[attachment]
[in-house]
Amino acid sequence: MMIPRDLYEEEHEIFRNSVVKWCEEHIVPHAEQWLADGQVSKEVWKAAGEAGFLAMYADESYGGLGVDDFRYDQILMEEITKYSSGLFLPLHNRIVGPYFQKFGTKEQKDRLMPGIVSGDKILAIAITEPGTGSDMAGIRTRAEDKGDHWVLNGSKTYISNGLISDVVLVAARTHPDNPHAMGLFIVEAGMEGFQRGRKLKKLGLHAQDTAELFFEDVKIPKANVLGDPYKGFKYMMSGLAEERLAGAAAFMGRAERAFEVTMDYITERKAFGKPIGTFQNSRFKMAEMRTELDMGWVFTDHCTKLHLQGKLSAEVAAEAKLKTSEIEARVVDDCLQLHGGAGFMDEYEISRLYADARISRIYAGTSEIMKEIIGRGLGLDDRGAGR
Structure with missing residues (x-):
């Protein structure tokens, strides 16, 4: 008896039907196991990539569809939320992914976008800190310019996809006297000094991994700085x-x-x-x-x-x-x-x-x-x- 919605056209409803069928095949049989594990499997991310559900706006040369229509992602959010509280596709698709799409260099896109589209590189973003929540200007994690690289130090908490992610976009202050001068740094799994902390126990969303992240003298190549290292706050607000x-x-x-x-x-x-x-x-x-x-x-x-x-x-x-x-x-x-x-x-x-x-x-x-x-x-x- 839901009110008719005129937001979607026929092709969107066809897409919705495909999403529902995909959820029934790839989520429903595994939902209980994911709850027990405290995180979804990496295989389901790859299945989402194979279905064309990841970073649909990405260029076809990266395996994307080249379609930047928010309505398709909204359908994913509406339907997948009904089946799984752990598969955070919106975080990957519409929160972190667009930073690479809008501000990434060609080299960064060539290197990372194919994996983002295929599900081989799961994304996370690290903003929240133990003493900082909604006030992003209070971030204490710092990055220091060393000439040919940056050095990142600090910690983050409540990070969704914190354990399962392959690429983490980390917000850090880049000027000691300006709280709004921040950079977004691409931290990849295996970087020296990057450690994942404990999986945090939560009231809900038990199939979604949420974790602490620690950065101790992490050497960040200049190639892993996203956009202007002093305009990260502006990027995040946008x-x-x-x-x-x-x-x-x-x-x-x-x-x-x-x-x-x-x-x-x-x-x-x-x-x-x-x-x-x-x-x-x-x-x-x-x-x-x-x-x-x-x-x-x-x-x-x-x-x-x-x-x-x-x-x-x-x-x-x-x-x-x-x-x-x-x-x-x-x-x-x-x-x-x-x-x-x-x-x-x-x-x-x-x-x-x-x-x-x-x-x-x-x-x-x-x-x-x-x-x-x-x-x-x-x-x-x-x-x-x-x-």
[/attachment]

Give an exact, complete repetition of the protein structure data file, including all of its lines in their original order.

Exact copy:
[in-house]
Amino acid sequence: MMIPRDLYEEEHEIFRNSVVKWCEEHIVPHAEQWLADGQVSKEVWKAAGEAGFLAMYADESYGGLGVDDFRYDQILMEEITKYSSGLFLPLHNRIVGPYFQKFGTKEQKDRLMPGIVSGDKILAIAITEPGTGSDMAGIRTRAEDKGDHWVLNGSKTYISNGLISDVVLVAARTHPDNPHAMGLFIVEAGMEGFQRGRKLKKLGLHAQDTAELFFEDVKIPKANVLGDPYKGFKYMMSGLAEERLAGAAAFMGRAERAFEVTMDYITERKAFGKPIGTFQNSRFKMAEMRTELDMGWVFTDHCTKLHLQGKLSAEVAAEAKLKTSEIEARVVDDCLQLHGGAGFMDEYEISRLYADARISRIYAGTSEIMKEIIGRGLGLDDRGAGR
Structure with missing residues (x-):
């Protein structure tokens, strides 16, 4: 008896039907196991990539569809939320992914976008800190310019996809006297000094991994700085x-x-x-x-x-x-x-x-x-x- 919605056209409803069928095949049989594990499997991310559900706006040369229509992602959010509280596709698709799409260099896109589209590189973003929540200007994690690289130090908490992610976009202050001068740094799994902390126990969303992240003298190549290292706050607000x-x-x-x-x-x-x-x-x-x-x-x-x-x-x-x-x-x-x-x-x-x-x-x-x-x-x- 839901009110008719005129937001979607026929092709969107066809897409919705495909999403529902995909959820029934790839989520429903595994939902209980994911709850027990405290995180979804990496295989389901790859299945989402194979279905064309990841970073649909990405260029076809990266395996994307080249379609930047928010309505398709909204359908994913509406339907997948009904089946799984752990598969955070919106975080990957519409929160972190667009930073690479809008501000990434060609080299960064060539290197990372194919994996983002295929599900081989799961994304996370690290903003929240133990003493900082909604006030992003209070971030204490710092990055220091060393000439040919940056050095990142600090910690983050409540990070969704914190354990399962392959690429983490980390917000850090880049000027000691300006709280709004921040950079977004691409931290990849295996970087020296990057450690994942404990999986945090939560009231809900038990199939979604949420974790602490620690950065101790992490050497960040200049190639892993996203956009202007002093305009990260502006990027995040946008x-x-x-x-x-x-x-x-x-x-x-x-x-x-x-x-x-x-x-x-x-x-x-x-x-x-x-x-x-x-x-x-x-x-x-x-x-x-x-x-x-x-x-x-x-x-x-x-x-x-x-x-x-x-x-x-x-x-x-x-x-x-x-x-x-x-x-x-x-x-x-x-x-x-x-x-x-x-x-x-x-x-x-x-x-x-x-x-x-x-x-x-x-x-x-x-x-x-x-x-x-x-x-x-x-x-x-x-x-x-x-x-």